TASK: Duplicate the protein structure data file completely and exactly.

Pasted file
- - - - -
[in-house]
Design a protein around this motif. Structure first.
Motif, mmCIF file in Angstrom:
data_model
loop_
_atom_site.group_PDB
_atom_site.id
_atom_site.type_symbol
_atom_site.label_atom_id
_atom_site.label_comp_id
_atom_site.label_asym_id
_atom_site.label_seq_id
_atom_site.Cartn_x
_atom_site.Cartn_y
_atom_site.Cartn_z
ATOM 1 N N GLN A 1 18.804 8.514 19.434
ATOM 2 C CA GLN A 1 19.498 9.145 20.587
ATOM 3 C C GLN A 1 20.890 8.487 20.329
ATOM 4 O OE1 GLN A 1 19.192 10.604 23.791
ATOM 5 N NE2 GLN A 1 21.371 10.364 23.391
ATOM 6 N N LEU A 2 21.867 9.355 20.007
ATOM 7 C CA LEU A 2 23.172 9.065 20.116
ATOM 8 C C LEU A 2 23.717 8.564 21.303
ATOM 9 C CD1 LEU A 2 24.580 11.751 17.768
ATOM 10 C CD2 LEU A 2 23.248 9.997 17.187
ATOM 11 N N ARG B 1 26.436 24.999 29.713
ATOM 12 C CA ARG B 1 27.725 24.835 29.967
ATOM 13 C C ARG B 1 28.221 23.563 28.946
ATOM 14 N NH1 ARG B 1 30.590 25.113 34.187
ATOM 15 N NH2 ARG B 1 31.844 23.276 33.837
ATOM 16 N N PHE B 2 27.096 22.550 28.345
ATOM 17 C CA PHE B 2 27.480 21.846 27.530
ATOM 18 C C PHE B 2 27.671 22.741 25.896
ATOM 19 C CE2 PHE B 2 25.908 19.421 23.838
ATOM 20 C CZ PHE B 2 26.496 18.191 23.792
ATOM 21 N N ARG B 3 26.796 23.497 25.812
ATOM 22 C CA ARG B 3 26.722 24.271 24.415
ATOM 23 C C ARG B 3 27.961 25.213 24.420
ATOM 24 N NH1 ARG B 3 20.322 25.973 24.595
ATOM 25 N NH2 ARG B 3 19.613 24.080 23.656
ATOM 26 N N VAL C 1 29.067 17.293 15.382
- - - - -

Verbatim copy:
[in-house]
Design a protein around this motif. Structure first.
Motif, mmCIF file in Angstrom:
data_model
loop_
_atom_site.group_PDB
_atom_site.id
_atom_site.type_symbol
_atom_site.label_atom_id
_atom_site.label_comp_id
_atom_site.label_asym_id
_atom_site.label_seq_id
_atom_site.Cartn_x
_atom_site.Cartn_y
_atom_site.Cartn_z
ATOM 1 N N GLN A 1 18.804 8.514 19.434
ATOM 2 C CA GLN A 1 19.498 9.145 20.587
ATOM 3 C C GLN A 1 20.890 8.487 20.329
ATOM 4 O OE1 GLN A 1 19.192 10.604 23.791
ATOM 5 N NE2 GLN A 1 21.371 10.364 23.391
ATOM 6 N N LEU A 2 21.867 9.355 20.007
ATOM 7 C CA LEU A 2 23.172 9.065 20.116
ATOM 8 C C LEU A 2 23.717 8.564 21.303
ATOM 9 C CD1 LEU A 2 24.580 11.751 17.768
ATOM 10 C CD2 LEU A 2 23.248 9.997 17.187
ATOM 11 N N ARG B 1 26.436 24.999 29.713
ATOM 12 C CA ARG B 1 27.725 24.835 29.967
ATOM 13 C C ARG B 1 28.221 23.563 28.946
ATOM 14 N NH1 ARG B 1 30.590 25.113 34.187
ATOM 15 N NH2 ARG B 1 31.844 23.276 33.837
ATOM 16 N N PHE B 2 27.096 22.550 28.345
ATOM 17 C CA PHE B 2 27.480 21.846 27.530
ATOM 18 C C PHE B 2 27.671 22.741 25.896
ATOM 19 C CE2 PHE B 2 25.908 19.421 23.838
ATOM 20 C CZ PHE B 2 26.496 18.191 23.792
ATOM 21 N N ARG B 3 26.796 23.497 25.812
ATOM 22 C CA ARG B 3 26.722 24.271 24.415
ATOM 23 C C ARG B 3 27.961 25.213 24.420
ATOM 24 N NH1 ARG B 3 20.322 25.973 24.595
ATOM 25 N NH2 ARG B 3 19.613 24.080 23.656
ATOM 26 N N VAL C 1 29.067 17.293 15.382